The following can be put in a box and added to or subtracted from as you have room:
A cup of cooked collard greens contains as much calcium as a cup of cow’s milk. One small stalk of cooked broccoli contains 40% more vitamin C than a 6-ounce glass of orange juice. A quarter of a muskmelon provides more vitamin C than half a grapefruit. A 2 ½ ounce pepper has 12% more vitamin C than a 7 ¼ ounce orange. And only 4 Brussels sprouts have more vitamin C than the same orange.
Comparing Salad Greens 3 ½ ounces raw (2 cups)
Type Calories Beta Carotene (mg) Vitamin C (mg) Calcium (mg) Iron (mg)
Arugula 23 4 91 309 1
Belgian endive 15 trace 0 18 1
Bibb 13 0.6 8 35 2
Boston 13 0.6 8 35 2
Chicory (curly endive) 23 2 24 100 1
Escarole 17 1 7 52 1
Iceberg 13 0.2 4 19 1
Looseleaf 18 1 18 68 1
Mache 21 4 38 38 2
Romaine 16 2 24 68 1
Spinach 22 4 28 99 3
Watercress 11 3 43 120 <1
From USDA Handbook 8
Some Garden Sources of major nutrients
For vitamin A: carrots, collards, leafy greens, orange-fleshed squash, sweet potatoes
For thiamine (vitamin B1): asparagus, beans, broccoli, cowpeas, dark green leafy vegetables, okra, onions, peas, pecans, potatoes, soybeans, sunflower seeds, sweet potatoes
For riboflavin (vitamin B2): asparagus, almonds, avocados, broccoli, Brussels sprouts, collards, leafy greens, lima beans, mushrooms, okra, sweet corn, winter squash
For niacin (vitamin B3): asparagus, amaranth, avocadoes, broccoli, Brussels sprouts, mushrooms, muskmelons, peaches, peanuts, peas, potatoes, sunflower seeds, tomatoes
For vitamin C: amaranth, broccoli, Brussels sprouts, cabbage, citrus fruits, collards, kale, kohlrabi, muskmelons, sweet peppers, strawberries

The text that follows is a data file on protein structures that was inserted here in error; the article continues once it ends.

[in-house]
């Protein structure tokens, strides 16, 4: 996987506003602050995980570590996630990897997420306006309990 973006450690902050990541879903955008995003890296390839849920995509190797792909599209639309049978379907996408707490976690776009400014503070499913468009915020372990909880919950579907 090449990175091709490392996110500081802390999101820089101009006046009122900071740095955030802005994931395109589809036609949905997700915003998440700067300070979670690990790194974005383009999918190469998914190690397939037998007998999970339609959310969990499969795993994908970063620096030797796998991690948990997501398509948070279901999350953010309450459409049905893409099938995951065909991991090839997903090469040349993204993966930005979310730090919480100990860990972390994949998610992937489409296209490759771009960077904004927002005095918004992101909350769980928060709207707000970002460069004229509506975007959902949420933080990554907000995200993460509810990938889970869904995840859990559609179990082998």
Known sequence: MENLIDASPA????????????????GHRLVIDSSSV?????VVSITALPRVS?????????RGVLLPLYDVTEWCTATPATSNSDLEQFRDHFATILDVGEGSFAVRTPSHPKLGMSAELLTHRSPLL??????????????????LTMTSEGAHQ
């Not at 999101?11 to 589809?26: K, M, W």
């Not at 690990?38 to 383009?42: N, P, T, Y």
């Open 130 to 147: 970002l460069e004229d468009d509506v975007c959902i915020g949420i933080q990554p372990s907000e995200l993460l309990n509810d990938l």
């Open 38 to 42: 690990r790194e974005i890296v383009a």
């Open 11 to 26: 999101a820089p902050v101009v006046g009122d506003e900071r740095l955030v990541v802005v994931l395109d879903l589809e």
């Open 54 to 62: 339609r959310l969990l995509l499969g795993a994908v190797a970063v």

For potassium: amaranth, avocadoes, beans, New Zealand spinach, potatoes, soybeans, squash, watermelons
For phosphorus: beans, cowpeas, lentils, nuts, soybeans, sunflower seeds
For calcium: almonds, amaranth, broccoli, collards, leafy greens, okra
For protein: almonds, beans, Brussels sprouts, cowpeas, leafy greens, lentils, peanuts, soybeans, sunflower seeds
For iron: beans, leafy greens, lentils, butterhead lettuce, soybeans, sunflower seeds, watermelon
Used with permission and adapted from: Gardening for Maximum Nutrition, by Jerry Minnich
Comparing Vitamin and Mineral Contents of Greens (½ cup cooked)
Type Protein (g) Calcium (mg) Iron (mg) Vitamin C (mg) Vitamin A (I.U.)
Amaranth 1.4 137 1.5 27 1,828
Beet Greens 1.3 72 1.4 11 3,700
Chard 1.6 64 1.6 14 4,725
Collards 3.3 168 0.8 49 7,410
Dandelion 2.1 147 1.9 19 12,290
Kale 2.5 103 0.9 51 4,565
Lambsquarters 2.8 232 0.6 33 8,730
Mustard 1.6 97 1.3 34 4,060
Spinach 2.7 84 2.0 25 7,290
Turnip Greens 1.6 126 0.8 34 4,135
by Stephen Meyer
Source: USDA, Agriculture Handbook No. 456, Nutritive Value of American Foods in Common Units
Amaranth and Lambsquarters values from USDA Nutrient Database for Standard Reference, Release 15 (August 2002)